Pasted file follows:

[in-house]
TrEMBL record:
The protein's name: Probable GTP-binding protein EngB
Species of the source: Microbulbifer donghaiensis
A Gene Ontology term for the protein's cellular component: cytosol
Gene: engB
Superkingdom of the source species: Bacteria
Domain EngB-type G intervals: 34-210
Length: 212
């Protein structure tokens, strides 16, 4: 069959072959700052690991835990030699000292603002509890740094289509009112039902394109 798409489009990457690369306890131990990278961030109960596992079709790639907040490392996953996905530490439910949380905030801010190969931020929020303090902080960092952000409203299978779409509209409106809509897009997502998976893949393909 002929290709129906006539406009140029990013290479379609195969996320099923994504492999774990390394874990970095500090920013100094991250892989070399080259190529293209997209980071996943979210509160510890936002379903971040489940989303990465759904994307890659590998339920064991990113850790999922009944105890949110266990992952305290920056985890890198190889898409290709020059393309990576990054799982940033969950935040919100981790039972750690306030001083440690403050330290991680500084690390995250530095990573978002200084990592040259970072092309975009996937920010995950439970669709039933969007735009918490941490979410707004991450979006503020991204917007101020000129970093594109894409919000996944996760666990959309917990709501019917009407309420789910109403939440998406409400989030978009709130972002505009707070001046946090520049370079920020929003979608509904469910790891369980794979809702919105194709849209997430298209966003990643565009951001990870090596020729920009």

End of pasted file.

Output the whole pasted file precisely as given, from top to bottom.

[in-house]
TrEMBL record:
The protein's name: Probable GTP-binding protein EngB
Species of the source: Microbulbifer donghaiensis
A Gene Ontology term for the protein's cellular component: cytosol
Gene: engB
Superkingdom of the source species: Bacteria
Domain EngB-type G intervals: 34-210
Length: 212
């Protein structure tokens, strides 16, 4: 069959072959700052690991835990030699000292603002509890740094289509009112039902394109 798409489009990457690369306890131990990278961030109960596992079709790639907040490392996953996905530490439910949380905030801010190969931020929020303090902080960092952000409203299978779409509209409106809509897009997502998976893949393909 002929290709129906006539406009140029990013290479379609195969996320099923994504492999774990390394874990970095500090920013100094991250892989070399080259190529293209997209980071996943979210509160510890936002379903971040489940989303990465759904994307890659590998339920064991990113850790999922009944105890949110266990992952305290920056985890890198190889898409290709020059393309990576990054799982940033969950935040919100981790039972750690306030001083440690403050330290991680500084690390995250530095990573978002200084990592040259970072092309975009996937920010995950439970669709039933969007735009918490941490979410707004991450979006503020991204917007101020000129970093594109894409919000996944996760666990959309917990709501019917009407309420789910109403939440998406409400989030978009709130972002505009707070001046946090520049370079920020929003979608509904469910790891369980794979809702919105194709849209997430298209966003990643565009951001990870090596020729920009």